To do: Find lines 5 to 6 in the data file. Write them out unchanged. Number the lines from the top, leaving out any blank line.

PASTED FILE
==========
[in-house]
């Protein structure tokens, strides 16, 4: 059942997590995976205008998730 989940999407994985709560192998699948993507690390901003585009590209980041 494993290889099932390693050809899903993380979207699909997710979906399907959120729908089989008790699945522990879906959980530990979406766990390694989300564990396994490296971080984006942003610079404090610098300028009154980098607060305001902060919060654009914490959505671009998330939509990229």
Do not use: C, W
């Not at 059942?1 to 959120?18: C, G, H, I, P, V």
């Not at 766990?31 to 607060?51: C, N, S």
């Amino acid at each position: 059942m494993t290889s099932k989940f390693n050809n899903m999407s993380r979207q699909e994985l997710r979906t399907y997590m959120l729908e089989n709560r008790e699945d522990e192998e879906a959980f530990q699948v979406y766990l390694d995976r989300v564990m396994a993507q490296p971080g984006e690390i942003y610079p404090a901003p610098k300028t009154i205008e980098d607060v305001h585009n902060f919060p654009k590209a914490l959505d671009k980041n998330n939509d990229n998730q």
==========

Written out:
């Not at 766990?31 to 607060?51: C, N, S």
């Amino acid at each position: 059942m494993t290889s099932k989940f390693n050809n899903m999407s993380r979207q699909e994985l997710r979906t399907y997590m959120l729908e089989n709560r008790e699945d522990e192998e879906a959980f530990q699948v979406y766990l390694d995976r989300v564990m396994a993507q490296p971080g984006e690390i942003y610079p404090a901003p610098k300028t009154i205008e980098d607060v305001h585009n902060f919060p654009k590209a914490l959505d671009k980041n998330n939509d990229n998730q």